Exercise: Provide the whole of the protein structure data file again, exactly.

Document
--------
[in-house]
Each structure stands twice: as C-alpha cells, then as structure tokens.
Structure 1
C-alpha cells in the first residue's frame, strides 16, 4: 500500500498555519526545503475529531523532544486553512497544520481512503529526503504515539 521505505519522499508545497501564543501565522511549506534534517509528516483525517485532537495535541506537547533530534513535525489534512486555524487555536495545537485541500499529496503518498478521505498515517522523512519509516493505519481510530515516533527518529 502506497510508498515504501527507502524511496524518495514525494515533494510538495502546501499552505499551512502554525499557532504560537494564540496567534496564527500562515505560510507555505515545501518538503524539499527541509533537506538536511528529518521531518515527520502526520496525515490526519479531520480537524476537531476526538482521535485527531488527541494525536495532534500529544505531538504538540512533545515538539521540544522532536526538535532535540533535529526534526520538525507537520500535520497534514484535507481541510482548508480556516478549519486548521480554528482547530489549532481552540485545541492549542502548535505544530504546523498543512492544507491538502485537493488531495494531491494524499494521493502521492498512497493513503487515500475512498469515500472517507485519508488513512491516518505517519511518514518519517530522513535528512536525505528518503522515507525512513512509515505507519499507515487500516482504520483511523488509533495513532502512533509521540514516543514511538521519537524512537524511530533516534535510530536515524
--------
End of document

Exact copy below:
[in-house]
Each structure stands twice: as C-alpha cells, then as structure tokens.
Structure 1
C-alpha cells in the first residue's frame, strides 16, 4: 500500500498555519526545503475529531523532544486553512497544520481512503529526503504515539 521505505519522499508545497501564543501565522511549506534534517509528516483525517485532537495535541506537547533530534513535525489534512486555524487555536495545537485541500499529496503518498478521505498515517522523512519509516493505519481510530515516533527518529 502506497510508498515504501527507502524511496524518495514525494515533494510538495502546501499552505499551512502554525499557532504560537494564540496567534496564527500562515505560510507555505515545501518538503524539499527541509533537506538536511528529518521531518515527520502526520496525515490526519479531520480537524476537531476526538482521535485527531488527541494525536495532534500529544505531538504538540512533545515538539521540544522532536526538535532535540533535529526534526520538525507537520500535520497534514484535507481541510482548508480556516478549519486548521480554528482547530489549532481552540485545541492549542502548535505544530504546523498543512492544507491538502485537493488531495494531491494524499494521493502521492498512497493513503487515500475512498469515500472517507485519508488513512491516518505517519511518514518519517530522513535528512536525505528518503522515507525512513512509515505507519499507515487500516482504520483511523488509533495513532502512533509521540514516543514511538521519537524512537524511530533516534535510530536515524